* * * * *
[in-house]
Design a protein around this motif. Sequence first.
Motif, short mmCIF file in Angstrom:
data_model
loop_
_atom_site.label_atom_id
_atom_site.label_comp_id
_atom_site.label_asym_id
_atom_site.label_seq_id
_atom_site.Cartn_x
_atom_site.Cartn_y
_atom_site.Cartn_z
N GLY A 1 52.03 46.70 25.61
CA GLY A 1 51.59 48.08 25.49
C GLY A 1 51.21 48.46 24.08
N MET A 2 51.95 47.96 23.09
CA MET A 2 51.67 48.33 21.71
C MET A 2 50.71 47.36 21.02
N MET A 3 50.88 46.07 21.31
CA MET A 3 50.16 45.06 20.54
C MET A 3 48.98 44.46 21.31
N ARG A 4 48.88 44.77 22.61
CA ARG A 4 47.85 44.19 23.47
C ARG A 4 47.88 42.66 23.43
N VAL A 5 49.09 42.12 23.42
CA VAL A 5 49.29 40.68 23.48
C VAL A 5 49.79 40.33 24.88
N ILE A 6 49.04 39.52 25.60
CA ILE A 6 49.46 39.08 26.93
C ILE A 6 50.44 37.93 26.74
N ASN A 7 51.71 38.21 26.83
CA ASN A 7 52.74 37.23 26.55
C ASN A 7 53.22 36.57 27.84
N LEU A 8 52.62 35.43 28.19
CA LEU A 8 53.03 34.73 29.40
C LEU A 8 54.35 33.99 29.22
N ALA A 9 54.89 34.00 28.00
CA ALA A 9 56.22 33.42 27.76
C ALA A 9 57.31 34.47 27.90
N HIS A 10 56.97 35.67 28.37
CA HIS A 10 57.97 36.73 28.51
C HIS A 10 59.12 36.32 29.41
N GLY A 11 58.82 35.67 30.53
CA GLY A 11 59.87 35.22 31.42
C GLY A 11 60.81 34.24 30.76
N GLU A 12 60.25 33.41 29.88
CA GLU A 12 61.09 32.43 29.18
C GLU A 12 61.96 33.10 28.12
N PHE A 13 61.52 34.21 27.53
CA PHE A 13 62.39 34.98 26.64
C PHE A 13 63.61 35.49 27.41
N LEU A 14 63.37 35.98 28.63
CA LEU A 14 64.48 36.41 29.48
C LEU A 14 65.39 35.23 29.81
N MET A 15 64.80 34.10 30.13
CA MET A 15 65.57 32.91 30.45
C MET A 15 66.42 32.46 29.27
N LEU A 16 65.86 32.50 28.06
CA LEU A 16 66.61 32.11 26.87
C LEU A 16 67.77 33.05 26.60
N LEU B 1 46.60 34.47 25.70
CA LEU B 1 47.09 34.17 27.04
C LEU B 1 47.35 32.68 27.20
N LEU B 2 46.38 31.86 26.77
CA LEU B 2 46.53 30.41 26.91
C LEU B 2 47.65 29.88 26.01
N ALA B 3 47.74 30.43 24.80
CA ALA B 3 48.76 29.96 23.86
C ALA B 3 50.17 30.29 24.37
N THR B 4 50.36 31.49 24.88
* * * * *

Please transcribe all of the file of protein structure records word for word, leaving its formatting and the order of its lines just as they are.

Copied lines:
[in-house]
Design a protein around this motif. Sequence first.
Motif, short mmCIF file in Angstrom:
data_model
loop_
_atom_site.label_atom_id
_atom_site.label_comp_id
_atom_site.label_asym_id
_atom_site.label_seq_id
_atom_site.Cartn_x
_atom_site.Cartn_y
_atom_site.Cartn_z
N GLY A 1 52.03 46.70 25.61
CA GLY A 1 51.59 48.08 25.49
C GLY A 1 51.21 48.46 24.08
N MET A 2 51.95 47.96 23.09
CA MET A 2 51.67 48.33 21.71
C MET A 2 50.71 47.36 21.02
N MET A 3 50.88 46.07 21.31
CA MET A 3 50.16 45.06 20.54
C MET A 3 48.98 44.46 21.31
N ARG A 4 48.88 44.77 22.61
CA ARG A 4 47.85 44.19 23.47
C ARG A 4 47.88 42.66 23.43
N VAL A 5 49.09 42.12 23.42
CA VAL A 5 49.29 40.68 23.48
C VAL A 5 49.79 40.33 24.88
N ILE A 6 49.04 39.52 25.60
CA ILE A 6 49.46 39.08 26.93
C ILE A 6 50.44 37.93 26.74
N ASN A 7 51.71 38.21 26.83
CA ASN A 7 52.74 37.23 26.55
C ASN A 7 53.22 36.57 27.84
N LEU A 8 52.62 35.43 28.19
CA LEU A 8 53.03 34.73 29.40
C LEU A 8 54.35 33.99 29.22
N ALA A 9 54.89 34.00 28.00
CA ALA A 9 56.22 33.42 27.76
C ALA A 9 57.31 34.47 27.90
N HIS A 10 56.97 35.67 28.37
CA HIS A 10 57.97 36.73 28.51
C HIS A 10 59.12 36.32 29.41
N GLY A 11 58.82 35.67 30.53
CA GLY A 11 59.87 35.22 31.42
C GLY A 11 60.81 34.24 30.76
N GLU A 12 60.25 33.41 29.88
CA GLU A 12 61.09 32.43 29.18
C GLU A 12 61.96 33.10 28.12
N PHE A 13 61.52 34.21 27.53
CA PHE A 13 62.39 34.98 26.64
C PHE A 13 63.61 35.49 27.41
N LEU A 14 63.37 35.98 28.63
CA LEU A 14 64.48 36.41 29.48
C LEU A 14 65.39 35.23 29.81
N MET A 15 64.80 34.10 30.13
CA MET A 15 65.57 32.91 30.45
C MET A 15 66.42 32.46 29.27
N LEU A 16 65.86 32.50 28.06
CA LEU A 16 66.61 32.11 26.87
C LEU A 16 67.77 33.05 26.60
N LEU B 1 46.60 34.47 25.70
CA LEU B 1 47.09 34.17 27.04
C LEU B 1 47.35 32.68 27.20
N LEU B 2 46.38 31.86 26.77
CA LEU B 2 46.53 30.41 26.91
C LEU B 2 47.65 29.88 26.01
N ALA B 3 47.74 30.43 24.80
CA ALA B 3 48.76 29.96 23.86
C ALA B 3 50.17 30.29 24.37
N THR B 4 50.36 31.49 24.88